This review is from: Little Lights (Audio CD)
Having been following this singer/songwriter for nearly ten years now, I believe that "Little Lights" is Kate's best. Unlike her rather dreary efforts "Sleepless" or "Underneath The Stars", there is a splendid variety of both textures and styles and the musicians are allowed to get carried away. There's some lively input from McGoldrick (flutes), McCusker (fiddle) and Carr (guitar), the latter providing some stunning arrangements as well as rhythmic impetus. This sophistication complements the simplicity of the lyrics and Rusby's beautiful but somewhat mono-dynamic voice.
This album also contains what may be her finest song. "My Young Man" is an unaffected but devastating account of her grandmother nursing her grandfather through chronic illness, a result of years spent working in the mines. The brass band arrangement works perfectly... the effect is enough to make a grown man cry!
If you're a fan of acoustic music, fine singing and musical craftsmanship, you'll love this.
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5 of 5 people found the following review helpful
5.0 out of 5 stars Perfection, 1 Nov 2003
By A Customer
This review is from: Little Lights (Audio CD)
This was the album that introduced me to Kate Rusby. I'd had a recommendation from a friend that she was something special and one day I bought this on a whim. I was immediately drawn in by the wistfulness and pureness of her voice and by the time I reached "Let The Cold Wind Blow" I knew that Kate's music was going to be a major part of my life from then on. Superb musicianship from all concerned, particularly the multi-talented John McCusker, who also produced the album.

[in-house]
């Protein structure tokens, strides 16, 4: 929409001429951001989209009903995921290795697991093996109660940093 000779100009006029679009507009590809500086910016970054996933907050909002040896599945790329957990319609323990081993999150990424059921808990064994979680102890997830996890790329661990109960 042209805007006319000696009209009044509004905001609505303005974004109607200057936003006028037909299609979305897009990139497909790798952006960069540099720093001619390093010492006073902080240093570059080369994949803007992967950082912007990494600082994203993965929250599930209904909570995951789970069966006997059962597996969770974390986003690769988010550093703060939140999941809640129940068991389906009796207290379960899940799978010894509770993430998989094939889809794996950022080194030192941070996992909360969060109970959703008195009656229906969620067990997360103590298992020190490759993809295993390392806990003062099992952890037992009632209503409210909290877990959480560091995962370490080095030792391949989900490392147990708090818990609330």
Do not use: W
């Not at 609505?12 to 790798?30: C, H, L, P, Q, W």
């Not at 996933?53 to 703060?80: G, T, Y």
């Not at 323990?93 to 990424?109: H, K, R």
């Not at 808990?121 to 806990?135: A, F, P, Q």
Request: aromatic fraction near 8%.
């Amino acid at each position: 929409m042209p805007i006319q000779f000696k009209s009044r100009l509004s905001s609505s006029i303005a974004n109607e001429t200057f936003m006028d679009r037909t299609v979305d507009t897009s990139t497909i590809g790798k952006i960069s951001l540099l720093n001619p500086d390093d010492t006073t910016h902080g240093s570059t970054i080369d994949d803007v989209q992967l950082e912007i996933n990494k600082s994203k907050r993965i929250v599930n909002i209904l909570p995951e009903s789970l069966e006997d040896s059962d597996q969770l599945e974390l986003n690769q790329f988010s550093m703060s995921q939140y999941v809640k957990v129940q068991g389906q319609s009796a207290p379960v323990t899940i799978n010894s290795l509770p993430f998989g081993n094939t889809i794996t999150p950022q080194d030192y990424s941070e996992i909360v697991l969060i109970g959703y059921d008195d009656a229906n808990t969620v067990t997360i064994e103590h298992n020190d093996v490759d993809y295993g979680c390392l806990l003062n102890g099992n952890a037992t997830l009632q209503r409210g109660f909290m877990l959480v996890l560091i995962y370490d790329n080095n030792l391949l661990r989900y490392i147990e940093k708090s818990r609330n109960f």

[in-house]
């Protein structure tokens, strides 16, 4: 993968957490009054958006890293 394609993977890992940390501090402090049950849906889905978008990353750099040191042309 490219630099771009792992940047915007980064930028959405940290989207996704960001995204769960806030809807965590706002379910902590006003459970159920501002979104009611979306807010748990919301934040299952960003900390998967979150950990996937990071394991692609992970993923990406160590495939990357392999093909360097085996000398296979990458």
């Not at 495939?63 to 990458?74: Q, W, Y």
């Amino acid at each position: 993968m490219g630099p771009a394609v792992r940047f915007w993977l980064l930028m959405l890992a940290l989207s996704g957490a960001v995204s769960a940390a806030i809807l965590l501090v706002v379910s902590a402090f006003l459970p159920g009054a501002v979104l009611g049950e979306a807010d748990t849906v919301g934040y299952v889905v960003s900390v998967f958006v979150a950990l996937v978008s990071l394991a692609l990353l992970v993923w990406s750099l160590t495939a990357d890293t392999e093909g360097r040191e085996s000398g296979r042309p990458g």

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4 of 4 people found the following review helpful
5.0 out of 5 stars Guaranteed to turn any listener on to folk!, 11 Sep 2001
By A Customer
This review is from: Little Lights (Audio CD)
The girl from Barnsely with the voice from heaven has created her 3rd collection of haunting ballads, ranging from her unique interpretation of traditional songs to her own compostion inspired by the first and only time that her heart has been broken.
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2 of 2 people found the following review helpful
5.0 out of 5 stars BEAUTIFUL AND AMAZING, 11 Oct 2004
This review is from: Little Lights (Audio CD)
This is the first album i have bought of Kate's but definately wont be the last. Her voice is amazing and her yorkshire accent coming through is a welcome change. i recently saw her at the Lyceum in Sheffield and it was the best gig i have seen. there was no faultering notes, i could have been listening to the CD her voice was so good. And John Mcusker was always fishing for another instrument! The 5 members of the grimethorpe colliery band were a welcome treat as were the other members of the band and they all brought humour to the stage in between each song. i cant wait for another chance to see them all.
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Little Lights
Little Lights by Kate Rusby (Audio CD - 2001)